Prearranged auto loans can only benefit the consumer, or so says the Consumer Financial Protection Bureau, but why is this the case?
With auto loans, there are generally two options available to the average consumer. Either you apply for a loan through a bank or other lending institution, or do so through a dealership. These are respectively known as direct lending and indirect lending, and can either benefit or hinder a consumer depending on their specific situation.
As with all loan applications, preparation is key. There are an infinite number of resources out there that can provide all the information one might need when applying for a loan. And, given the increase in online borrowing, one can now view all the various offers in detail from the comfort of their own home.
As such, the Consumer Financial Protection Bureau is now actively advising prospective car buyers to seek financing through a bank or credit union first, before setting foot in a car dealership. This, really, is the ultimate kind of preparation. It means that the consumer is walking into a dealership with the lowest available offer from a bank already on the table. It is then up to the dealership to decide whether they wish to undercut it.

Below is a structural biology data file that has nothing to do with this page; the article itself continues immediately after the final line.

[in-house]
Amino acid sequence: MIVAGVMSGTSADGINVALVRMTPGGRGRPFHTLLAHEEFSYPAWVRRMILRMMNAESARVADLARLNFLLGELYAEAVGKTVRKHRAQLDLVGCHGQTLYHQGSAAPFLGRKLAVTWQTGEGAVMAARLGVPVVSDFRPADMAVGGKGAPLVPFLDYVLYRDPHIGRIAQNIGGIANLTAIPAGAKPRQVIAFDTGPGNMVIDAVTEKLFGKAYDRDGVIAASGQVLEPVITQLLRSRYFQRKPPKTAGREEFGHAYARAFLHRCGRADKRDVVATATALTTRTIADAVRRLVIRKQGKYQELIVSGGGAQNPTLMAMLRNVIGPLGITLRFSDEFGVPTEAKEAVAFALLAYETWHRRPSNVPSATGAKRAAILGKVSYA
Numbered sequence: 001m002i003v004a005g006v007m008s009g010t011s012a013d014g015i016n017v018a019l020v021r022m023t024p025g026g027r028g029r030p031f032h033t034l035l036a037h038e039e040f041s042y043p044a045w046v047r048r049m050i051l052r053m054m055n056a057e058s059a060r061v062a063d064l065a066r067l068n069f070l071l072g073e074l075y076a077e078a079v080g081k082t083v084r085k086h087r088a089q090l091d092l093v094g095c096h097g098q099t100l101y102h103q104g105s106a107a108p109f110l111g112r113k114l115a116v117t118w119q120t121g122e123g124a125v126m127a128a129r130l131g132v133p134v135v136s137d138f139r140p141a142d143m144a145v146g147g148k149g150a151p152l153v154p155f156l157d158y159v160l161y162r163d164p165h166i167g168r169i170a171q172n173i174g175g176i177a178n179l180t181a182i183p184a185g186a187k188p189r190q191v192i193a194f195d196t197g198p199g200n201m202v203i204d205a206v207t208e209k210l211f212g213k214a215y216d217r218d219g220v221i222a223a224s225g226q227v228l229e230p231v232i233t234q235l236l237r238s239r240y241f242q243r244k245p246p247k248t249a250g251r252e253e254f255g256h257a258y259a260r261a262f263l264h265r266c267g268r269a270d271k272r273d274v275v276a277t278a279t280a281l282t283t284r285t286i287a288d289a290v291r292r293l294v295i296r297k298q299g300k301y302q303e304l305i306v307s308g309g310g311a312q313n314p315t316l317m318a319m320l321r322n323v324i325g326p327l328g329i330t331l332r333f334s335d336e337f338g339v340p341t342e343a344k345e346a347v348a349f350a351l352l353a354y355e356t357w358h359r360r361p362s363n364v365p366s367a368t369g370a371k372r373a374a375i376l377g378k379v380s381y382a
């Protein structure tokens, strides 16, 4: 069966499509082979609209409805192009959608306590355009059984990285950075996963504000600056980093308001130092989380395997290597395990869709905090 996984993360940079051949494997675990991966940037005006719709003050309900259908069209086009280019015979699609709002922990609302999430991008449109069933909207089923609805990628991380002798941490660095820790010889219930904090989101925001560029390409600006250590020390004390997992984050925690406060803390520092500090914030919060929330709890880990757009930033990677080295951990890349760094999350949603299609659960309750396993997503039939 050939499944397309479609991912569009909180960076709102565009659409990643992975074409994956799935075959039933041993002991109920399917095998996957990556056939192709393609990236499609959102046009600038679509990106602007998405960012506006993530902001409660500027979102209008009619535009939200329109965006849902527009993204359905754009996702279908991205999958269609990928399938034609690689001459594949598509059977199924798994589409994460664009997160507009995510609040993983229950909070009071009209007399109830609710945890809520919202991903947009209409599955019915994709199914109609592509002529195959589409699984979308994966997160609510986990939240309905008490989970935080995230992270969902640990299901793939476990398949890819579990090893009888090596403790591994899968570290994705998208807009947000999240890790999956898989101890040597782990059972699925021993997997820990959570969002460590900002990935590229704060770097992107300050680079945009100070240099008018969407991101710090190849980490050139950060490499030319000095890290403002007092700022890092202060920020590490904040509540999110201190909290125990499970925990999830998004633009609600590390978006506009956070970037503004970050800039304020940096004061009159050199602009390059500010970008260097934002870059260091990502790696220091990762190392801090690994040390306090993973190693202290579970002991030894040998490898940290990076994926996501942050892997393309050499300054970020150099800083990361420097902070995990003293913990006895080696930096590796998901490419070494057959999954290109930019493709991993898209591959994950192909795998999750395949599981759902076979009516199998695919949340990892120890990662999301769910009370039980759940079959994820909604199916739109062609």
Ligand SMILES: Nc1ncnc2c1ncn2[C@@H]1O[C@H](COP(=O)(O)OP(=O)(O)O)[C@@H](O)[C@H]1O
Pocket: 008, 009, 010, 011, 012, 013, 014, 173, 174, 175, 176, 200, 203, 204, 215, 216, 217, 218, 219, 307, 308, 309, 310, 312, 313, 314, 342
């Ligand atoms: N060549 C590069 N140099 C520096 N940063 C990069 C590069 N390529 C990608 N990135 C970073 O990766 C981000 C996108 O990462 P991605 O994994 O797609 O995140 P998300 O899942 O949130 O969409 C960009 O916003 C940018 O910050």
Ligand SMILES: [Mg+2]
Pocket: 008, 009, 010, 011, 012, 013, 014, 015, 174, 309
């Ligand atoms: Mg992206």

Dealerships will typically have a number of relationships both within the industry and with financial institutions such as banks. This means that in many cases, the dealership will be more than equipped to beat the offer that you, the consumer, has already secured. It is also in the dealership’s best interests to secure your signature, even if it means lowering their demands. This is because a dealership will also often make money from your purchase in the future, through service or parts.